School Accounts’ Managing Director Nicola Edie informed us that school support staff often come from non-accounting backgrounds, which is only natural but can make things difficult for the school.
“This combined with in-complete handovers, evolving accounting software packages, and not being familiar with school accounting requirements can place considerable stress on staff. Outsourcing brings a range of options, and a Board can benefit immediately by engaging a team with diverse accounting skills but with considerable experience and expertise, particularly with monthly accounting and reporting.
“Although a school may be assigned a specific account manager, they have the whole team behind them to refer to. This also solves leave and sickness issues. A school can also be secure in the knowledge the provider keeps up to date with compliance and changing government or audit requirements. While it can be relatively easy to train a person to perform daily and weekly data entry tasks, the knowledge and expertise in both accounting and software to produce board reports is a highly skilled area, and it can be difficult to find someone willing to work those erratic hours in a month to achieve them. This also frees up school staff to get on with doing the really important things on the ground supporting the children, parents and staff.
“A good tip is to train the school staff in the best use of the software, so that everything is being completed in the most efficient way possible. Guiding them to start on the annuals well before the end of the year and set the next year’s budget, update their cyclical maintenance plan, reconcile the laptop and other leases, review their fixed asset registers, and resolve MOE projects before the year ends, etc. This greatly reduces stress.
“With budget worksheets, it’s also beneficial to provide that initial data entry friendly report, including past actuals to assist with current year-end estimations. This can give clues for estimating the following year. I also encourage taking a zero-based budget approach and think about ‘what is going to happen next year realistically?’”
Solutions and Services’ Director Sandy Dunn explained that the NZ statutory reporting model is complex as schools are crown entities and subject to strict audit requirements.
“Government funding is tight and there are less options for earning other revenue, so management of spend control and the most efficient systems are essential. Management reports are required at a level that Boards of Trustees and principals find informative. Teachers and budget holders need reports for budget management that are able to be quickly and easily provided. Schools do not always have the financial resources to employ qualified finance staff, but with the right support this does not need to be an issue.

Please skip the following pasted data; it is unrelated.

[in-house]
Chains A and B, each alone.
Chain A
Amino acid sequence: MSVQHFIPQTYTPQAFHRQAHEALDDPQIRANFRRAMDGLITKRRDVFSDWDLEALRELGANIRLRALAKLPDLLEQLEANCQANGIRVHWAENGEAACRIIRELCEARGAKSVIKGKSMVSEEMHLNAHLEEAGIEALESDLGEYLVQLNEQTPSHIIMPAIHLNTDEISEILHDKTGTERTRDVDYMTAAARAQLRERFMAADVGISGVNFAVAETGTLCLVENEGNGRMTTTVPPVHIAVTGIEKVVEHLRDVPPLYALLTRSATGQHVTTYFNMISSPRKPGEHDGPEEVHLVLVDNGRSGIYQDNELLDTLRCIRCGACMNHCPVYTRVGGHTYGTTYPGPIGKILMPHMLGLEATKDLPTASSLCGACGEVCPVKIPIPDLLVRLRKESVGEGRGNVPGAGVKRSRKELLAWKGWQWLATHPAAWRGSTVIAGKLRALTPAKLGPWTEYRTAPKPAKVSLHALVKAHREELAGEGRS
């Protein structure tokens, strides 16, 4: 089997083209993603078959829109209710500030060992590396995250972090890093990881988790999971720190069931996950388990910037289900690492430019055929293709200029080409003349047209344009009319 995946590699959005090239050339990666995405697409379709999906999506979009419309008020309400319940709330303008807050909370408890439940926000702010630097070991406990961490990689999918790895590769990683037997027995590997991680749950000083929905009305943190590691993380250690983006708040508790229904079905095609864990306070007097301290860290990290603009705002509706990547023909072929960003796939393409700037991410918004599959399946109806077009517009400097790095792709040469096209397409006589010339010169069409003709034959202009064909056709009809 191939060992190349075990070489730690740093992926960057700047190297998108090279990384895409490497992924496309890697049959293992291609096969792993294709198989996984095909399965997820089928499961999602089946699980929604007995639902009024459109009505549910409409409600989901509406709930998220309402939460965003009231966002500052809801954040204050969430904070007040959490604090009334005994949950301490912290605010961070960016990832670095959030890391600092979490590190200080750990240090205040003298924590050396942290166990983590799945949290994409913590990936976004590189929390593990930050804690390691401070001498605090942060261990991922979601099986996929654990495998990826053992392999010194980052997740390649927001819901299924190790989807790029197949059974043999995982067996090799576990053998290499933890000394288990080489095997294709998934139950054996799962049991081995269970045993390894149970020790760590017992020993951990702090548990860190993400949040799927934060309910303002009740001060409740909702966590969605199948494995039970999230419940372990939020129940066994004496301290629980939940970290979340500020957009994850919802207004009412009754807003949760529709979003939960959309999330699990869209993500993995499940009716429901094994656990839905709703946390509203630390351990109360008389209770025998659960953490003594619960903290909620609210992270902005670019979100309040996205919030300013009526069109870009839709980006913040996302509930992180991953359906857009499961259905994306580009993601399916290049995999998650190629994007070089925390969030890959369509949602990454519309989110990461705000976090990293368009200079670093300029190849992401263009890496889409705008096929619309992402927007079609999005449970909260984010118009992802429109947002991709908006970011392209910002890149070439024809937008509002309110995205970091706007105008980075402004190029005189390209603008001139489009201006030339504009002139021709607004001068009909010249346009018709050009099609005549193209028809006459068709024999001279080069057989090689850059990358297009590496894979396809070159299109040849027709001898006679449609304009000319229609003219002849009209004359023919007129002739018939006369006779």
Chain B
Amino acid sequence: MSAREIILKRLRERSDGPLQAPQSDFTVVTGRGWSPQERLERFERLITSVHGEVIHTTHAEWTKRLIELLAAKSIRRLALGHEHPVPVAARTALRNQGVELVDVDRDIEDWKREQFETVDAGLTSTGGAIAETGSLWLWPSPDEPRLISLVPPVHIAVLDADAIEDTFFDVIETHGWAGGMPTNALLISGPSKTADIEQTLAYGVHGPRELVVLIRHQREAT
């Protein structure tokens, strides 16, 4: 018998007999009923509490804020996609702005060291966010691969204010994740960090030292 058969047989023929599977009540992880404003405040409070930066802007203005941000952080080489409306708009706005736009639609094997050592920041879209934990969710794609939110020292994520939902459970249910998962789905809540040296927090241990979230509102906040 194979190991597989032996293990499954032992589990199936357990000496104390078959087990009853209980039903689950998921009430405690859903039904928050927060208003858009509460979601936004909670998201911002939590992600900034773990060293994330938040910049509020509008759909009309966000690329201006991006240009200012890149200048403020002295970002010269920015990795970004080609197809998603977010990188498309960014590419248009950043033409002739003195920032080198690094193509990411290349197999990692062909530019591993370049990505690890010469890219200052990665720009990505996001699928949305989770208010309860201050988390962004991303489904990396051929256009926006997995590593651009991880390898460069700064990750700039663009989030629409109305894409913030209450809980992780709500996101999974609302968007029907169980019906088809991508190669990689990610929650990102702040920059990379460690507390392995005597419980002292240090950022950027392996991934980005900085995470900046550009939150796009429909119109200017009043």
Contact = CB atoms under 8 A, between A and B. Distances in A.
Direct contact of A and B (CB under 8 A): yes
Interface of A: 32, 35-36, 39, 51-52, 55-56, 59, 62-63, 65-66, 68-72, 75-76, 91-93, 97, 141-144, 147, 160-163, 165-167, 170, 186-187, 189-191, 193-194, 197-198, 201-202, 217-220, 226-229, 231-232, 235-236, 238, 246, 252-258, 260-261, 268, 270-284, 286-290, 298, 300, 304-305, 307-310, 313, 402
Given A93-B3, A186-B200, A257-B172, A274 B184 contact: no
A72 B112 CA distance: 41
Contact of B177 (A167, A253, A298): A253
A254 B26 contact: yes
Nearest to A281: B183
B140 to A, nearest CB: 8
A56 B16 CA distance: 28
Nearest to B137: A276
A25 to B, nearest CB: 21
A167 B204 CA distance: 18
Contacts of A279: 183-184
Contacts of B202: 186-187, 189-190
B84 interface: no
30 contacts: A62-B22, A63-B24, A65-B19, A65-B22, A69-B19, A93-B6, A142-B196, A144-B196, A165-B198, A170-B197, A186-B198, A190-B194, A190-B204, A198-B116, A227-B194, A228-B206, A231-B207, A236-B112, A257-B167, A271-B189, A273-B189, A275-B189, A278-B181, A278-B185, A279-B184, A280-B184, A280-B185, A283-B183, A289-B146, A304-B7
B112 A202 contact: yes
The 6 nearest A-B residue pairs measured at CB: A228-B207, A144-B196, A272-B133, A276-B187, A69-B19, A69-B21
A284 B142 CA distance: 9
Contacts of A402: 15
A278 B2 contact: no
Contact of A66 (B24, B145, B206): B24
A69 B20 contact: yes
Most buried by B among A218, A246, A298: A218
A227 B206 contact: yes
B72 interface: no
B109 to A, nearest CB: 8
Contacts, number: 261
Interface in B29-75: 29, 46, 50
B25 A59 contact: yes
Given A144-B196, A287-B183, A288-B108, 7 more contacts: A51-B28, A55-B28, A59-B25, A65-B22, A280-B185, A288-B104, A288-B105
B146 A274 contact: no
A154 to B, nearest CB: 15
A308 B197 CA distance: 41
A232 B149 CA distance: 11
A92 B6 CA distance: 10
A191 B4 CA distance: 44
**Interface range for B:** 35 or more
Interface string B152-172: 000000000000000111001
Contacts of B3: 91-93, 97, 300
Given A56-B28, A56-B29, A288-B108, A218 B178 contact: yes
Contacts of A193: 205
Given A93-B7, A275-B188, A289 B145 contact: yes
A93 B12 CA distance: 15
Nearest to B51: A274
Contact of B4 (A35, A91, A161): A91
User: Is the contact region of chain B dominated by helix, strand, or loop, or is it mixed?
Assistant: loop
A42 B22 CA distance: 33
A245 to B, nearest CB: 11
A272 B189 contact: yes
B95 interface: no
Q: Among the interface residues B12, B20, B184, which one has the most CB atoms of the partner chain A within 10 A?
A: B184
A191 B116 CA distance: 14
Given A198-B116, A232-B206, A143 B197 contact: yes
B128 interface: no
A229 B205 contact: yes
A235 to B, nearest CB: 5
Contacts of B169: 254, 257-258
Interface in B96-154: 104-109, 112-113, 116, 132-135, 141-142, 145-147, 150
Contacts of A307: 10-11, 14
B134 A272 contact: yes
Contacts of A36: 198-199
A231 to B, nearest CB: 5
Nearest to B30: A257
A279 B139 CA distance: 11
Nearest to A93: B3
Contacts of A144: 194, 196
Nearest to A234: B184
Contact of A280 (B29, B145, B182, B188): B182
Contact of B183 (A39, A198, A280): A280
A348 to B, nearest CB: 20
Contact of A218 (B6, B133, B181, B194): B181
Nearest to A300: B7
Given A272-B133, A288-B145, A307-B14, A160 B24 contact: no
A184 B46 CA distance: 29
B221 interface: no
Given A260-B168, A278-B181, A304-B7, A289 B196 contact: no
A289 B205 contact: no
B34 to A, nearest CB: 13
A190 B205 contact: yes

“Having the right accounting solution is key—an external provider that can train and support the integrated apps. Clever budgeting tools and mapped account codes for monthly reporting will save time. As the annual statutory reporting format is mandatory, and usually differs from the management reporting needs, clever category mapping of the account codes can achieve both functions. The right cloud accounting application can provide an easily used online budgeting tool with comparison budgets available onscreen and actual results to assist in budget decision-making. The budget and reporting app syncs with the accounting data and is dynamic—saving time, eliminating or reducing the need for spreadsheets. Budget revision and forecasting can be simplified, working capital predictions and budgeted balance sheets prepared.
“Regular professional development and access to advice is crucial with the complexity involved and constantly changing funding and reporting needs. Principals are educational leaders, not necessarily experts in financial reporting, principals are educational leaders, not necessarily experts in financial reporting, and have so many calls on their time.
“They need transparent, easily followed financial information in-house, and at their fingertips. Assurance that the school finance team and principal are well supported, and that compliance needs are met, allows the Board to focus on other priorities and strategic development.”